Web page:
“从生活角度来说,(动乱)对正在克里米亚求学的中国留学生 影响不大。”正在克里米亚综合大学管理系上研究生二年级的余军伟告诉《环球时报》记者:“局势最紧张的两天,也就是亲俄力量与反俄派在国会大厦对峙的时候 学校停课,其他时候我们都正常上课。”和余军伟一起接受采访的一位四川籍女生表示:“我在这里学生生活5年时间了,毕业后也想继续留在这里工作一段时间, 然后再考虑回国。”她表示,克里米亚良好的自然与人文环境,相对较高的教育水平,闲适的工作节奏和相对较小的生活压力让她“乐不思蜀”。余军伟也有同样的 感受:“学习之余,我也带一些从国内来的商务考察团,赚一些钱来减轻家里的负担,同时也能积累更多的社会经验。”余军伟表示:“克里米亚加入俄罗斯之后, 从中国来这里旅游会更加方便,加上中国人对克里米亚的雅尔塔所抱有的历史感情,该地旅游业未来会有更快的发展,我的工作前景也会更好一些。”

Because of rather high educational levels and comparatively low costs of studying abroad, Crimea has been an important place for many Chinese overseas students. [A local, employee at] Crimea Comprehensive University’s foreign affairs office] tells the “Huanqiu Shibao” reporter[s]: “1995 to 1998 were the years when most Chinese overseas students studied here, more than three hundred every year, a peak time.” Yu Junwei says: “Originally, you paid seventy US dollars a year for a bed. Now the price has risen to 500 dollars. All expenses have risen. A Chinese overseas student spends 50,000 to 60,000 Yuan RMB a year, but to study in America or Europe comes at amounts as high as 300,000 to 400,000 Yuan RMB.” However, given much lowerd thresholds in America and Europe, the numbers of Chinese overseas students in Crimea are going down. In 2014, a total number of 28 Chinese overseas students studied at Crimea Comprehensive University, Crimea Medical University and other schools.

因为当地较高的教育水平和相对低廉的留学费用。克里米亚曾经是中国留学生的重要求学地。曾在克里米亚综合大学外事办工作 的当地人吴成克告诉《环球时报》记者:“1995年至1998年间,克里米亚的中国留学生最多,一年多达300人左右,是一个高峰期。”余军伟说:“这里 原来的学校住宿费是一张床一年70美元,现在涨到500美元。所有费用加起来,一个中国留学生一年的开销也就是5万至6万人民币,而在美欧留学一年开销高 达三四十万人民币。”不过,由于美国与欧洲留学门槛近年来降低了许多,现在在克里米亚求学的中国留学生逐年减少。2014年,克里米亚综合大学、克里米亚 医科大学和其他学校的中国留学生总计28人。

After a paragraph about the technicalities of continuing studies with old or new visas in Crimea, the article turns to Kiev, where a Chinese students is quoted as saying that the most tense areas had been confined to Independence Square [Maidan] and the streets around there. The student also has words of approval for the educaton department at the Chinese embassy in Kiev: “The diplomats are OK, just great.”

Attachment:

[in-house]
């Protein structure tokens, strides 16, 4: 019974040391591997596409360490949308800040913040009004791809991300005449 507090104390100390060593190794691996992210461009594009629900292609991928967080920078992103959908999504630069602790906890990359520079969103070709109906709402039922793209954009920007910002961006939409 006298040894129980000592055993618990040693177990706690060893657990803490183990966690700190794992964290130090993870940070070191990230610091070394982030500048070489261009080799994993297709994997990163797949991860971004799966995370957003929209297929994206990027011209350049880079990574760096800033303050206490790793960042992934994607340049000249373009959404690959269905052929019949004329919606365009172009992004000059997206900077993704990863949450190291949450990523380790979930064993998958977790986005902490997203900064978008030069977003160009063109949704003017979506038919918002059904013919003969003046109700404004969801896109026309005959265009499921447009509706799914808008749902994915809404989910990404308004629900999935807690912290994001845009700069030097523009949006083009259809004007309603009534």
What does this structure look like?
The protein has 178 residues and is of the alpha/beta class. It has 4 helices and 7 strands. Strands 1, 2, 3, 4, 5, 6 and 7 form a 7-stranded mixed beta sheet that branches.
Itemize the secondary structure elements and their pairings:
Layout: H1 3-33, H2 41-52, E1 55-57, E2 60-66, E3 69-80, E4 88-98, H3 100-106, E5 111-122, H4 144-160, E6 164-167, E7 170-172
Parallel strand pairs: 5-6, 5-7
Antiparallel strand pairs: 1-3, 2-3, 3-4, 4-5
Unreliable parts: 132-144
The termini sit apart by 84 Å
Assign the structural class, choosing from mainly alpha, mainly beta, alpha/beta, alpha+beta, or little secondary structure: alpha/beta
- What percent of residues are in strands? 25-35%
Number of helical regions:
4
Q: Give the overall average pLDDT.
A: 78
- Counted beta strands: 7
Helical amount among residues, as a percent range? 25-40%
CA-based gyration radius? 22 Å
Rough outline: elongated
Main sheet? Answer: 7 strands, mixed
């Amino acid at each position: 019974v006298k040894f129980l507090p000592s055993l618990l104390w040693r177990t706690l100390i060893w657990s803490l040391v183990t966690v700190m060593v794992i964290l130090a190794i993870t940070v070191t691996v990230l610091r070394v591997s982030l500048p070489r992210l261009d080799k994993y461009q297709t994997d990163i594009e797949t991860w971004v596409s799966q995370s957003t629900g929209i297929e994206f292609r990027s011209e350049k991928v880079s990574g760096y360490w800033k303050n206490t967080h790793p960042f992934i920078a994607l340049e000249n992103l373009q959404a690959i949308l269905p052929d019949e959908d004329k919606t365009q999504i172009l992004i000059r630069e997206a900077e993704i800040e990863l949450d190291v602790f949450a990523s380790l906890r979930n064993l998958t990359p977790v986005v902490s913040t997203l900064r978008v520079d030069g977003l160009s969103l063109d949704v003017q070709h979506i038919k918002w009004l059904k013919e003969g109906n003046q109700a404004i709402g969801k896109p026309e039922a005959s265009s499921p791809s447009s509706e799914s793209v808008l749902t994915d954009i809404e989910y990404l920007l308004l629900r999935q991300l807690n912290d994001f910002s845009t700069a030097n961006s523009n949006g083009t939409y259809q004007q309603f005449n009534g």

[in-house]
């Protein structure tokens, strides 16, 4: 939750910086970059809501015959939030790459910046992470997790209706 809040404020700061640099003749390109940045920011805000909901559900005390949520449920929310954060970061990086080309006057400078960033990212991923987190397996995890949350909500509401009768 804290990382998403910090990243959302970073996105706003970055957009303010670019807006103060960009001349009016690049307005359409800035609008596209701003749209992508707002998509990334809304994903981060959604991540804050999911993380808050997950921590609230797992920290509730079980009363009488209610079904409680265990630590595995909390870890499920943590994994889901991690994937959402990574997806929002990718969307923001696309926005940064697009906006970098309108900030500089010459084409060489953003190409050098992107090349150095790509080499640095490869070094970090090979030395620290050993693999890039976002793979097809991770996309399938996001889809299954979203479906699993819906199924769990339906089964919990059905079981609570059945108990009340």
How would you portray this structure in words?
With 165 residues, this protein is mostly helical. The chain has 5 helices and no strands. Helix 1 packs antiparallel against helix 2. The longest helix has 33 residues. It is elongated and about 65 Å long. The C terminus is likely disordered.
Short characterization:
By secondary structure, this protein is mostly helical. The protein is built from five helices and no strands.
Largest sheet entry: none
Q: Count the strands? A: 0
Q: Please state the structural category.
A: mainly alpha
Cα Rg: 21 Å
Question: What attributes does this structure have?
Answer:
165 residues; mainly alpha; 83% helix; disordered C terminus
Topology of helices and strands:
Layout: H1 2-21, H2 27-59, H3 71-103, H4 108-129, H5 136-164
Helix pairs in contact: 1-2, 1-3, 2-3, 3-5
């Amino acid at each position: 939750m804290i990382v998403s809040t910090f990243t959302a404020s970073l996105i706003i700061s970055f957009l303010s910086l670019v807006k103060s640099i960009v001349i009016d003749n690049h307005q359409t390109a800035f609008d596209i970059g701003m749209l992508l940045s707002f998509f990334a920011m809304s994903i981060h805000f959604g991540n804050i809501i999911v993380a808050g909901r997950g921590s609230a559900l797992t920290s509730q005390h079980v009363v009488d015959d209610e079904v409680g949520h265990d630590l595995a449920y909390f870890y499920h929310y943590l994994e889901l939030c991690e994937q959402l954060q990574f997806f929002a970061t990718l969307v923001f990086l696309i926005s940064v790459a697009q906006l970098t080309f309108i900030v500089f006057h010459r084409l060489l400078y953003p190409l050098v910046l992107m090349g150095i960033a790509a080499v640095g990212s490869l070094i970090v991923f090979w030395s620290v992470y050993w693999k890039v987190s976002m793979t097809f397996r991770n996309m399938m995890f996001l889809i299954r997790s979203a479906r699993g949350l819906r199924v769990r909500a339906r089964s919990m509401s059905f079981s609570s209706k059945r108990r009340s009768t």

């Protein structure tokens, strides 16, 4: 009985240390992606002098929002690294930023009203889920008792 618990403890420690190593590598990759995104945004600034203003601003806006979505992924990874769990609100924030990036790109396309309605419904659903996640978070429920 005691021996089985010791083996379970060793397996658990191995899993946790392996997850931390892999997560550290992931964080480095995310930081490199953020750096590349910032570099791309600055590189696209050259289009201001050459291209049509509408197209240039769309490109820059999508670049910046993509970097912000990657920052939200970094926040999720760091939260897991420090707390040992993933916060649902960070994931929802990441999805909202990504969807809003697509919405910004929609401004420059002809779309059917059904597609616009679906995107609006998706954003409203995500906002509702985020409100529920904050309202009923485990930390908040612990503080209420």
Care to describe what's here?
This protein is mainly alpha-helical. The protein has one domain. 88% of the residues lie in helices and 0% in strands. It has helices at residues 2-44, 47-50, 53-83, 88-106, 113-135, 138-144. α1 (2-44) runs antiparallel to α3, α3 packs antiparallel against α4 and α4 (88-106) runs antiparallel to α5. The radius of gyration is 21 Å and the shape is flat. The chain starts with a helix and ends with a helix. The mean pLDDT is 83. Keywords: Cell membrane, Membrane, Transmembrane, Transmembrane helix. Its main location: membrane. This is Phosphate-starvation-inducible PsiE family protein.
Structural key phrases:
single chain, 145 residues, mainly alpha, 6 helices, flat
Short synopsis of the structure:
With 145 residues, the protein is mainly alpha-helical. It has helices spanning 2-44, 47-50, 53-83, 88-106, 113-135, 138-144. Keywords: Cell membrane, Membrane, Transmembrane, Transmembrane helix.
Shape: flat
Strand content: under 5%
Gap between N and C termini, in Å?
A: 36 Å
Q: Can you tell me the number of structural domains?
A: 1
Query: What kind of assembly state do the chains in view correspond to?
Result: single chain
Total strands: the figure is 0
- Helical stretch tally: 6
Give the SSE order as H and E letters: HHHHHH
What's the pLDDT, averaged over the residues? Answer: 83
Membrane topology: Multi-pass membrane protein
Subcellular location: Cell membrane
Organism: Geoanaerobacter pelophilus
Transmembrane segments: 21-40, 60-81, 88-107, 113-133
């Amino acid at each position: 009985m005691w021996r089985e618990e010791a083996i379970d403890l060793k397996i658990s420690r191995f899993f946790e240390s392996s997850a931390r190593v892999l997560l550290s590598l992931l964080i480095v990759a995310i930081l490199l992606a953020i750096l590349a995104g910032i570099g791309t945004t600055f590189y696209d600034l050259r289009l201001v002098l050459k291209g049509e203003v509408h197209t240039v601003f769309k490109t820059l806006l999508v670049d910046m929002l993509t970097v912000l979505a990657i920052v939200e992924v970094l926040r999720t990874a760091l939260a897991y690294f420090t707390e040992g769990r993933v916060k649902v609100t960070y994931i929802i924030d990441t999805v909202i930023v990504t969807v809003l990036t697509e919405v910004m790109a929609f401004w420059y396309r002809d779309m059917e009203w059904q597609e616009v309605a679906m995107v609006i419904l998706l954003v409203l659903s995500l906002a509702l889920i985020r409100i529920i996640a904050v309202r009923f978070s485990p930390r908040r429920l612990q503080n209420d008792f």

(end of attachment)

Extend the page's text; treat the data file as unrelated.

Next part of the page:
[The student] says that there are about ten thousand Chinese overseas students in Ukraine, many of them in Kiev. “Costs of studying are much lower here, than in America and Europe, as well, but the educational level is not low. Therefore, the political unrest doesn’t affect the lessons, and most overseas students will continue and complete their studies here.”

[...] 表示,在乌克兰留学的中国学生有一万人左右,其中不少在基辅:“同样,这里的留学费用相对于美国与欧洲要低很多,而教育水平并不低,所以眼下的政治动荡并不影响学生们的功课,多数的留学生也会继续在乌克兰完成学业。”

Huanqiu Shibao ["Global Times"], March 26, 2014

Thursday, March 20, 2014

Russia Today: the Failed State of Germany

Russian president Vladimir Putin lives in another world, possibly not in touch with reality, German chancellor Angela Merkel – reportedly – believes.

That may or may not be so. But if Foarp is right, there are people at Russia Today, the newly created propaganda machine into which RIA Novosti and the Voice of Russia have now been blended together by a presidential decree, lives who live in a world where Germany is a failed state.

It’s an old story (occured in 2011), but one that hasn’t ended since. Nice stuff therefore for a debate about Westerners working for mere state propaganda outlets, and what they may find there. If you want to comment, please comment there.

Friday, February 28, 2014

Shortwave Log, Northern Germany, February 2014: Bremen loses its Voice